Hmm.... so do you mean to say that when a valence electron leaves atom 'A' and goes to 'B' without having left the material entirely, it has left a positive charge behind? How would the situation differ if the atom were a metallic one instead of a semiconductor element's?
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  7. #6  
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    Quote Originally Posted by netnut
    In my experience, it just makes things more confusing. Just remember, when an electron leaves a material, it "leaves" a positive charge behind.
    Hmm.... so do you mean to say that when a valence electron leaves atom 'A' and goes to 'B' without having left the material entirely, it has left a positive charge behind? How would the situation differ if the atom were a metallic one instead of a semiconductor element's?

    There is no difference to my knowledge, between metallic atoms and free electrons. And semiconductor atoms and free electrons. Electrons and matter are what they are.

    Despite the vast differences of opinion about them.

    The actual technology was all put away with a God awful might in the sixties. Some older fellows would say it was all put away during World War Two. And it just resurfaced in the late forties and early fifties.

    MADD radar fell off the earth, for the cold wars. Ha-Ha.

    It is really unbelievable, but they really came out and said, that they were going to hide the secret of the atom form American citizens. For our own safety. Meanwhile every freak and criminal had the information already.

    It really just hurt honest American citizens by causing a lot of factory accidents.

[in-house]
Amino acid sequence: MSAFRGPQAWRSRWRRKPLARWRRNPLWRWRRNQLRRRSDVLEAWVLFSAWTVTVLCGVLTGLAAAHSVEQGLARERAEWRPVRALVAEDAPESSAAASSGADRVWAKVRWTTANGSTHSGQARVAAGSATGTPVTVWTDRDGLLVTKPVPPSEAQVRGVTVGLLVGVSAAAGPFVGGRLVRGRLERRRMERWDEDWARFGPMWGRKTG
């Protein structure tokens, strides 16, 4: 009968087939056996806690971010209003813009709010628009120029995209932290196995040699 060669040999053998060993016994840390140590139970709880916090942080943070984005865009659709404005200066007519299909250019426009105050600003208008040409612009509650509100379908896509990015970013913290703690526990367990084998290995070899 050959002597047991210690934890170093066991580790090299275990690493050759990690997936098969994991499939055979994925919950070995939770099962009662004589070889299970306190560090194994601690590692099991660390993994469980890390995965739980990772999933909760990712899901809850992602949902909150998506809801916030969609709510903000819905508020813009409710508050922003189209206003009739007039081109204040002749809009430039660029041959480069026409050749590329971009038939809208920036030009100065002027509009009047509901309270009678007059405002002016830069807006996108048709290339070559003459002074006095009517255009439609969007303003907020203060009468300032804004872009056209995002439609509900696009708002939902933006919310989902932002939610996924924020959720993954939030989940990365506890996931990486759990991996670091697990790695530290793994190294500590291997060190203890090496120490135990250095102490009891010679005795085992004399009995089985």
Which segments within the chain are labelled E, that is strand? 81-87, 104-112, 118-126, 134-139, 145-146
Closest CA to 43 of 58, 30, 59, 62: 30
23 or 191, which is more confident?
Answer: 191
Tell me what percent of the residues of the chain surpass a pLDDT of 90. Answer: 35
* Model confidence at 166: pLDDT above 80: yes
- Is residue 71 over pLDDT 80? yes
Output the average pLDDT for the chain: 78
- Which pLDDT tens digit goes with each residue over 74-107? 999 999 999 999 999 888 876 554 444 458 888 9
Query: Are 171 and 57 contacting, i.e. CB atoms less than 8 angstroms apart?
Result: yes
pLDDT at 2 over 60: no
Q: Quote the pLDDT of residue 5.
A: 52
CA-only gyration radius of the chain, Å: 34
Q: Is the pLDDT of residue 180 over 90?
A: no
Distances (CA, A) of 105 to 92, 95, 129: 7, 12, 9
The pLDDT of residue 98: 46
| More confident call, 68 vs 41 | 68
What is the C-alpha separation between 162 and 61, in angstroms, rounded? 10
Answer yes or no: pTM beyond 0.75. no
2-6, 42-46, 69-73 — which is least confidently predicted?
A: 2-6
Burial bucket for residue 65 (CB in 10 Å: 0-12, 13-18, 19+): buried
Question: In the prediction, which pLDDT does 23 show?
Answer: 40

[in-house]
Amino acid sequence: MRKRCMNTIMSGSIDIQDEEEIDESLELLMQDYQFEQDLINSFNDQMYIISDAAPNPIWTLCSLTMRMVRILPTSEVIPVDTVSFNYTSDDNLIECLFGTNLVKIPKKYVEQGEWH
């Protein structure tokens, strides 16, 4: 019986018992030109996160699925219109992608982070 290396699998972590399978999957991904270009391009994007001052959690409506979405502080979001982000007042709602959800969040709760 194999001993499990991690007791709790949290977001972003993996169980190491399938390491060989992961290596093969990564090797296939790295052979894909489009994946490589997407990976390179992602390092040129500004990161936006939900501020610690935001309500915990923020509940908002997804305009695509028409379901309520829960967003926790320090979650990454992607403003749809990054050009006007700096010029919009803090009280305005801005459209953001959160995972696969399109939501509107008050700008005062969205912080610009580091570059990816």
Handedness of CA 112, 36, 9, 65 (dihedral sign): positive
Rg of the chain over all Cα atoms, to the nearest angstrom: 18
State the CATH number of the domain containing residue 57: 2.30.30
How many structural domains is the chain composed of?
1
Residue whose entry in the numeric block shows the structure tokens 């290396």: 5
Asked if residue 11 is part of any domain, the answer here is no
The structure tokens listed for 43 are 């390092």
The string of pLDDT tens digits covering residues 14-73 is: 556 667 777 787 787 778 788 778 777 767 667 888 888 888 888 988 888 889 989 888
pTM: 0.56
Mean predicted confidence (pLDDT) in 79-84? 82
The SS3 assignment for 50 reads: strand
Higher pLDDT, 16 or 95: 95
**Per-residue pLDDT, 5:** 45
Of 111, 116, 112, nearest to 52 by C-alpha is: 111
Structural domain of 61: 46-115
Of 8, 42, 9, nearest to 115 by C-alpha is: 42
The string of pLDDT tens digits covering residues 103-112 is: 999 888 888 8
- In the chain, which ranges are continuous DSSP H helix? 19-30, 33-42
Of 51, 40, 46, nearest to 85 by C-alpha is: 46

Sincerely,


    William McCormick
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    THe answer is Positive ion. THink about it, there really is no such thing as a hole! if you believe there is, send me one. THe word is merely used to describe an object that has had a piece removed or ar an object that looks as though it may have had a piece removed.
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  9. #8  
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    Hmm. Try and remember that an electron strictly speaking s a "potential" and due to the heisengerb uncertainty principle it is impossible to say "there it is!" and then notice a "hole" when its not there.

    Besides, the "hole" you speak of I presume you mean the vacuum of space. Well, space is not a perfect vacuum at any point, it is always filled with latent energy, photons and very possibly, the higgs field.
    The hand of time rested on the half-hour mark, and all along that old front line of the English there came a whistling and a crying. The men of the first wave climbed up the parapets, in tumult, darkness, and the presence of death, and having done with all pleasant things, advanced across No Man's Land to begin the Battle of the Somme. - Poet John Masefield.